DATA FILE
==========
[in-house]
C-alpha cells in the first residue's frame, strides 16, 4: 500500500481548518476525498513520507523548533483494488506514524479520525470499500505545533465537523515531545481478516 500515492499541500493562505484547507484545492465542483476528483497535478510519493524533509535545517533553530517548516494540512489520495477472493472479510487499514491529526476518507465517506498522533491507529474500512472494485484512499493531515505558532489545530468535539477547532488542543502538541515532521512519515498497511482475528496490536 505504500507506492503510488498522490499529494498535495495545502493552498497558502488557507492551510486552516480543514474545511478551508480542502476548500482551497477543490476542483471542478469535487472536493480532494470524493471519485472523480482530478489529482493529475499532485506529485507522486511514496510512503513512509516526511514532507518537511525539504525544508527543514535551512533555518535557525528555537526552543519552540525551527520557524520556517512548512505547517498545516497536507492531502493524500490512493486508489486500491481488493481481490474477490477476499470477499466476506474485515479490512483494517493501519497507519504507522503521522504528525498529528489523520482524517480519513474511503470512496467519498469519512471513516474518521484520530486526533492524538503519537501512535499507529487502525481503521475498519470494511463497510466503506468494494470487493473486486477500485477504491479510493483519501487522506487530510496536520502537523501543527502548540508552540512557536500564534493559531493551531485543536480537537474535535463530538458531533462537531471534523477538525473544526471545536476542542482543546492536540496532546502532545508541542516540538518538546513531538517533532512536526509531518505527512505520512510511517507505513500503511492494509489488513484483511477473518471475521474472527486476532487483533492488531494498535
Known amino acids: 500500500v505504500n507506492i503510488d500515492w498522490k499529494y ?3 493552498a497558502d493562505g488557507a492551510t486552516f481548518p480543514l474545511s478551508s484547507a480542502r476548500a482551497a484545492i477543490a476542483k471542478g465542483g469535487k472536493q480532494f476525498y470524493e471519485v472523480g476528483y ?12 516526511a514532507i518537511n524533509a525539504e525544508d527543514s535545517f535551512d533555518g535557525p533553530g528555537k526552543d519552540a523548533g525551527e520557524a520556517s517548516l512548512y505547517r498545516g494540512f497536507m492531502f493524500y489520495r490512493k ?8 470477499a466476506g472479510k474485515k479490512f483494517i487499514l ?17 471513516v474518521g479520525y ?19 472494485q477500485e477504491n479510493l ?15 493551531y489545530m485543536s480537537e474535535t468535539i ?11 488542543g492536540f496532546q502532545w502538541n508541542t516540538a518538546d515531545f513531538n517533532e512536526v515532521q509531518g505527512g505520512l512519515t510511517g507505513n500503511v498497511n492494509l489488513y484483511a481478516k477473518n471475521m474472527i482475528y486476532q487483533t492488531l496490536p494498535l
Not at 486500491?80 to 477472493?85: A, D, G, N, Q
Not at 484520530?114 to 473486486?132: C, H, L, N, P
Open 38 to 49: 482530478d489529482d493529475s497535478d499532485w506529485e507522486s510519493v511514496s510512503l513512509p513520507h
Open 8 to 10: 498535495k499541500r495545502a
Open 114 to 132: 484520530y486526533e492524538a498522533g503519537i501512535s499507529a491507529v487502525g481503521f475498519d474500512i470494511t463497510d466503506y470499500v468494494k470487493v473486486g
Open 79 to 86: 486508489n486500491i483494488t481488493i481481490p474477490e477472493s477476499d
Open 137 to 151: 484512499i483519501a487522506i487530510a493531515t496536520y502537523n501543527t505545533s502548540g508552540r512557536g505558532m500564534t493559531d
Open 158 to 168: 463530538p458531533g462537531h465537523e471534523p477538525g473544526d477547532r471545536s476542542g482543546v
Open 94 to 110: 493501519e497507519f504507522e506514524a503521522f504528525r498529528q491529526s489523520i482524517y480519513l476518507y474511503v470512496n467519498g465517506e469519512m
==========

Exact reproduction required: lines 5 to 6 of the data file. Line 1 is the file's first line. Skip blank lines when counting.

Not at 484520530?114 to 473486486?132: C, H, L, N, P
Open 38 to 49: 482530478d489529482d493529475s497535478d499532485w506529485e507522486s510519493v511514496s510512503l513512509p513520507h